Kuwait ruler Emir Sheikh Sabah returns home after US hospital visit

Sheikh Sabah has ruled the US ally and OPEC oil producer since 2006 and steered its foreign policy for more than 50 years. (File/AFP)
Updated 16 October 2019

Kuwait ruler Emir Sheikh Sabah returns home after US hospital visit

DUBAI: Kuwait’s 90-year-old ruler Emir Sheikh Sabah Al-Ahmad Al-Sabah returned home on Wednesday after hospital treatment in the United States, state news agency KUNA said.
Sheikh Sabah has ruled the US ally and OPEC oil producer since 2006 and steered its foreign policy for more than 50 years.
The emir’s office said in August that Sheikh Sabah had suffered a health setback while in Kuwait, without providing details. He then traveled to the United States for a meeting with US President Donald Trump which was canceled when he was admitted to hospital.

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Jordanian charged with ‘terror’ over tourist stabbings

Updated 26 January 2020

Jordanian charged with ‘terror’ over tourist stabbings

  • The suspect, Moustafa Abourouis, 22, faces up to 20 years in prison
  • Prosecutors accused Abourouis of committing a “terrorist act” and “promoting the ideas of a terrorist group”

AMMAN: A Jordanian court on Sunday levelled “terrorism” charges against a man suspected of wounding eight people in a November knife attack at a popular tourist site.
The suspect, Moustafa Abourouis, 22, faces up to 20 years in prison after the stabbing of three Mexicans, a Swiss woman, a Jordanian tour guide and a security officer at the Roman city of Jerash.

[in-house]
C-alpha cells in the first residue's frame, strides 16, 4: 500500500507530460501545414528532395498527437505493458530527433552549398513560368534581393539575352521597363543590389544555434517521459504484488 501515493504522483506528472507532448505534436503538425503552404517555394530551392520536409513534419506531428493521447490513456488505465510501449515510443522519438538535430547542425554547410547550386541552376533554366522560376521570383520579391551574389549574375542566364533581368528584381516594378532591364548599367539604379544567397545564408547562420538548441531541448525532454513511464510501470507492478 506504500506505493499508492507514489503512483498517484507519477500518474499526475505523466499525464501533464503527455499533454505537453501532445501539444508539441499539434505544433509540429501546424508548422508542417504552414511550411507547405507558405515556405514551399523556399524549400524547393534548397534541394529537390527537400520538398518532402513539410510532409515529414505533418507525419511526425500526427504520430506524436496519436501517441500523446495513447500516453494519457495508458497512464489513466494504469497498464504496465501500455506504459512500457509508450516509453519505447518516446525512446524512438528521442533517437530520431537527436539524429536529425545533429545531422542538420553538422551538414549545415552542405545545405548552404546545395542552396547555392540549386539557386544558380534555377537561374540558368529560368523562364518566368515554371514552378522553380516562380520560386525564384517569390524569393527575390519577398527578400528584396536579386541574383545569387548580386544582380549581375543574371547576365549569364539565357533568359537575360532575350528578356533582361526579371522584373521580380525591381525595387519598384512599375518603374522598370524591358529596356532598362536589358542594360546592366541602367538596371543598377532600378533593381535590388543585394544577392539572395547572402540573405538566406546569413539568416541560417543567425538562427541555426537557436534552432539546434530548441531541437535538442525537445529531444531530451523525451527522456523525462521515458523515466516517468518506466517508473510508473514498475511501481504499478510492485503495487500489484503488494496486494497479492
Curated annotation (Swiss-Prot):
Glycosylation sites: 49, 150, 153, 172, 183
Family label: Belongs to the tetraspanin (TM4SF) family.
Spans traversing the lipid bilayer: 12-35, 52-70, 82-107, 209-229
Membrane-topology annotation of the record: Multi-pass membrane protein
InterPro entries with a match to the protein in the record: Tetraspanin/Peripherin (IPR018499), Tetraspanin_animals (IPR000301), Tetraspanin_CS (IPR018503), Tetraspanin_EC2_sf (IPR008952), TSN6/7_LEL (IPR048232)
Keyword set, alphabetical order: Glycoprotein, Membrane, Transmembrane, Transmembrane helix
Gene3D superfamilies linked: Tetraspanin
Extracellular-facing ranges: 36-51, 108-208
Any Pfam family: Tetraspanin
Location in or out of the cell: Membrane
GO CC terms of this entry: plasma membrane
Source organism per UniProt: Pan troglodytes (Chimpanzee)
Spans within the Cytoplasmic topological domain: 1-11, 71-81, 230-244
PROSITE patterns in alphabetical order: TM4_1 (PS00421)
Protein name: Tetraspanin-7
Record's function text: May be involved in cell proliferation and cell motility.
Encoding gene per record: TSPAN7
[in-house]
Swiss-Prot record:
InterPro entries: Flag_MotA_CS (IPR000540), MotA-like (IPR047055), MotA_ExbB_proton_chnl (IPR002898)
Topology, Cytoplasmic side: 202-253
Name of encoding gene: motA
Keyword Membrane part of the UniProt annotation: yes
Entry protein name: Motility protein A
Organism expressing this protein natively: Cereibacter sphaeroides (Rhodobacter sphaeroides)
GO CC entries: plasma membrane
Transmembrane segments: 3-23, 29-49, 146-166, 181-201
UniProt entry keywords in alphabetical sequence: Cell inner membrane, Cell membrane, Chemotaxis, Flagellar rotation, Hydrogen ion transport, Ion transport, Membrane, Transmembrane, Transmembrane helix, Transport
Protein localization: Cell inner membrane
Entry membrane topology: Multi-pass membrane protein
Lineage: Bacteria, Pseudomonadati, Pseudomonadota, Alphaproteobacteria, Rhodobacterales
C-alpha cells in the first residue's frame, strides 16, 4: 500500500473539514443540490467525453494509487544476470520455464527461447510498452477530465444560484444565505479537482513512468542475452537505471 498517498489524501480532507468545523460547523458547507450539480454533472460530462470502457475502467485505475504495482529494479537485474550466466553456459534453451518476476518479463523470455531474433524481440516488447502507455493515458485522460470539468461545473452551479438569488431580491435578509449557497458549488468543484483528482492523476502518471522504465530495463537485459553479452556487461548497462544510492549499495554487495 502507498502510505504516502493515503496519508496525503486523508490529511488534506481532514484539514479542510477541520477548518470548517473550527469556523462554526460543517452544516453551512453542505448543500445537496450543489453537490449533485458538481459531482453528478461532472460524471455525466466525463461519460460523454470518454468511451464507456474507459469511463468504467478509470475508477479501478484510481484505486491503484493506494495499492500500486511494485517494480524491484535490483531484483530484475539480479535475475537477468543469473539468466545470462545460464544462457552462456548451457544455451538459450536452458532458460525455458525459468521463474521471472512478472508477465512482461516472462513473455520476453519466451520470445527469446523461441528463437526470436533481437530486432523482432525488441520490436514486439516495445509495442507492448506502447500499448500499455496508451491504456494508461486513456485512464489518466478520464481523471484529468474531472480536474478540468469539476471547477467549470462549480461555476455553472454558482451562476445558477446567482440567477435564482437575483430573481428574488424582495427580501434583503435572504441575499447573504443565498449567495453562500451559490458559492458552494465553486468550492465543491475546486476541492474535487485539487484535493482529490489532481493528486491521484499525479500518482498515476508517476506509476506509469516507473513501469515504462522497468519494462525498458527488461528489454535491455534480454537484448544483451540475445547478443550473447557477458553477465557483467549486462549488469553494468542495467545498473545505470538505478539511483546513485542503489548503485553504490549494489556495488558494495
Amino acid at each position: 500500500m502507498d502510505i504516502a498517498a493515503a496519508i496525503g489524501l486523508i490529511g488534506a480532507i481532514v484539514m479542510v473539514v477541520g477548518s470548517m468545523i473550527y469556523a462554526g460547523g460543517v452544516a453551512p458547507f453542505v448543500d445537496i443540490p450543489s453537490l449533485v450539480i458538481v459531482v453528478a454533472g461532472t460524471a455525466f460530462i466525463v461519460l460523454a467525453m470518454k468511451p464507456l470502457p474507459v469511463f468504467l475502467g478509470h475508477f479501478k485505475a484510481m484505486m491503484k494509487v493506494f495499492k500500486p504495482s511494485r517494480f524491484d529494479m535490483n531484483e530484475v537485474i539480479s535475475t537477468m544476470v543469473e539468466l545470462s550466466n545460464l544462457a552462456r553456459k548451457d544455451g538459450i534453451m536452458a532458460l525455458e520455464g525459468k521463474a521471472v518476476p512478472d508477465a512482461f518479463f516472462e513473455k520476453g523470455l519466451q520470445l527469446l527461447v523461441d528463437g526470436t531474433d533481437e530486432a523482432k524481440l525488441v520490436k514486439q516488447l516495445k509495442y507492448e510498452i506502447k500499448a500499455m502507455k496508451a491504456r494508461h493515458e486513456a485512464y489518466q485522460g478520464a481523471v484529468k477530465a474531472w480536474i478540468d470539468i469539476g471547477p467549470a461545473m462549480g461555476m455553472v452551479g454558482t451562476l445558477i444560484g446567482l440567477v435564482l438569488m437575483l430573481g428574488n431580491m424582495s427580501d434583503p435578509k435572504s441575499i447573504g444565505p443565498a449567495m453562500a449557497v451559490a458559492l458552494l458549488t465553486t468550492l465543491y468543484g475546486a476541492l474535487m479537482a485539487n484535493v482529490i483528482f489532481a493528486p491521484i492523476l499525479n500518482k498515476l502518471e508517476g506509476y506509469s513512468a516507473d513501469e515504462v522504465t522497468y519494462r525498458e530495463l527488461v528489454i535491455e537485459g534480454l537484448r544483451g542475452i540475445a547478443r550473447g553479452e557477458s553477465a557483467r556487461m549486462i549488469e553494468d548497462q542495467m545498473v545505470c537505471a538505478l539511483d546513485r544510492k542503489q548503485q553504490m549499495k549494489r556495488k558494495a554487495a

At a hearing open to the press, prosecutors accused Abourouis of committing a “terrorist act” and “promoting the ideas of a terrorist group” — a reference to the Daesh group.
Abourouis, who is of Palestinian origins and grew up in the refugee camp of Souf, was arrested immediately after the attack at Jerash, close to the camp and around 50 kilometers (30 miles) north of Amman.
The Jordanian prosecutor accused Abourouis of trying to join Daesh, an operative of which in Syria had “ordered him to commit attacks against foreigners.”
Two alleged accomplices, also Jordanians of Palestinian origin, were charged with “terrorism” in the same case. All three pleaded not guilty.
The court is scheduled to hear witnesses next Sunday, with the date for a verdict to be confirmed.
It was not the first time a Jordanian tourist attraction has been attacked.
In December 2016, in Karak, home to one of the region’s biggest Crusader castles, 10 people — seven police, two Jordanian civilians and a Canadian tourist — were killed in an attack that also left 30 wounded.
That attack was claimed by Daesh and 10 people were later convicted of carrying out the assault, two of them sentenced to death.
Tourism is a key lifeline for Jordan, a country lacking in natural resources and reliant on foreign aid. The sector accounted for 14 percent of GDP in 2019.
The kingdom, bordering conflict-torn Syria and Iraq, has been working to revive its tourism industry and aims to attract seven million holidaymakers a year.